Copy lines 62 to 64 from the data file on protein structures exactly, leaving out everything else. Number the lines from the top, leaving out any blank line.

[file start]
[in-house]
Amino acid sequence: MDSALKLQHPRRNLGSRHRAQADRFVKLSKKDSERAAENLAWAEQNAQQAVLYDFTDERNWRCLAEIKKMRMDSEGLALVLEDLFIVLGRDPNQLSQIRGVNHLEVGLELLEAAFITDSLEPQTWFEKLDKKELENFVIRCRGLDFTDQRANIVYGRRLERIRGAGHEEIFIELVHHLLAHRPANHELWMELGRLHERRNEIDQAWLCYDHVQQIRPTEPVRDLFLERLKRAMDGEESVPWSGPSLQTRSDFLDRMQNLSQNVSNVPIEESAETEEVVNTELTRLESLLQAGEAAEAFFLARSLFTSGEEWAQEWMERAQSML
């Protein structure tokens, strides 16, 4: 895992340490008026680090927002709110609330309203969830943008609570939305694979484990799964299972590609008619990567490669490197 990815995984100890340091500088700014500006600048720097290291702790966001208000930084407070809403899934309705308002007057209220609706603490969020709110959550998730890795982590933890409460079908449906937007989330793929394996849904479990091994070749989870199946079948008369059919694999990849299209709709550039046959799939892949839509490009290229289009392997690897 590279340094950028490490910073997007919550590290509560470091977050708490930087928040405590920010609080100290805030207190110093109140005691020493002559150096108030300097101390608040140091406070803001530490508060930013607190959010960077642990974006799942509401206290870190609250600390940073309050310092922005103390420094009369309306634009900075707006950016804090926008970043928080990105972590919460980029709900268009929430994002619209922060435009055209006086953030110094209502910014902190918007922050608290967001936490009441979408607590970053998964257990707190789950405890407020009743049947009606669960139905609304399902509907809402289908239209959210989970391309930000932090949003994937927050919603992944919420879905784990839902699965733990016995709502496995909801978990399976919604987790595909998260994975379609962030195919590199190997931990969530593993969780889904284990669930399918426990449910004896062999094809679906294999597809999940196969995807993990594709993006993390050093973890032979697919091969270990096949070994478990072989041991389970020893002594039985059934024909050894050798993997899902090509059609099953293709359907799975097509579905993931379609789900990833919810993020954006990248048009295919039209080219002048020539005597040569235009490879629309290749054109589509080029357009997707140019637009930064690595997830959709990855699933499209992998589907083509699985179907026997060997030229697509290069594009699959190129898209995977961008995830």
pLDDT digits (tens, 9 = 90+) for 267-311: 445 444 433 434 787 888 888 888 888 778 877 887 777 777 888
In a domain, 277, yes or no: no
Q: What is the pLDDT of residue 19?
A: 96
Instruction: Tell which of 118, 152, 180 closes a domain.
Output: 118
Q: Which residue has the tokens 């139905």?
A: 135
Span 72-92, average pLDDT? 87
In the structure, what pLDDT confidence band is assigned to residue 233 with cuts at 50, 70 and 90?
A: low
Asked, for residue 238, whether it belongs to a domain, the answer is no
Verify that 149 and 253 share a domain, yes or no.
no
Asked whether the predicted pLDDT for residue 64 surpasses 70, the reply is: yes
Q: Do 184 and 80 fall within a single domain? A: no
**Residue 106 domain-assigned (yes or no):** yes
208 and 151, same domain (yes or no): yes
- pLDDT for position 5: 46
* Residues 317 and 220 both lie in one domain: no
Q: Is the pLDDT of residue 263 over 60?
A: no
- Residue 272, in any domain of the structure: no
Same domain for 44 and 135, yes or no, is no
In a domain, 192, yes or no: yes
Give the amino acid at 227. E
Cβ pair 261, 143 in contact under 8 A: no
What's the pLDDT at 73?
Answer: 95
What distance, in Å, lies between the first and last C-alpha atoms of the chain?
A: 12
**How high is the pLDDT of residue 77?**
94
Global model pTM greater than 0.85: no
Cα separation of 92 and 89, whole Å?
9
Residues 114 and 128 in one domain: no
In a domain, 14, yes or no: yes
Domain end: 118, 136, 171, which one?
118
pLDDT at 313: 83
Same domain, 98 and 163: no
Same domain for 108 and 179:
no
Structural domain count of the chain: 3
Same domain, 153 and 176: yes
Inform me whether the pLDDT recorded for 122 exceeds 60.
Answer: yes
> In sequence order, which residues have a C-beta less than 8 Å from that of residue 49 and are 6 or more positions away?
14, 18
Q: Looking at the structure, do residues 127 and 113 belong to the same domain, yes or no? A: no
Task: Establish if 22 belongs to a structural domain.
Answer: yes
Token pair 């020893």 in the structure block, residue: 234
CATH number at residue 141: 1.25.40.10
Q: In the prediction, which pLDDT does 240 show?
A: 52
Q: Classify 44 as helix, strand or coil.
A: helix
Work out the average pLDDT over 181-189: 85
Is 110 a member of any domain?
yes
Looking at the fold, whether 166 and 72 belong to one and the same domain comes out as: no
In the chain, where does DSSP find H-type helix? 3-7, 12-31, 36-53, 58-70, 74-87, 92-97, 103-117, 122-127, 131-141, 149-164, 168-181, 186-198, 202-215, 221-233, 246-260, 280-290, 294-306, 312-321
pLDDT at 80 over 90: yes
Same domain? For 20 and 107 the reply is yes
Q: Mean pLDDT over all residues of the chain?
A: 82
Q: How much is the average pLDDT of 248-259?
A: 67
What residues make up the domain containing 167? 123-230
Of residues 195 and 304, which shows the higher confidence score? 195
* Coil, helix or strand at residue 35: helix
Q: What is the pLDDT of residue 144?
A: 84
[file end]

A: helix
Work out the average pLDDT over 181-189: 85
Is 110 a member of any domain?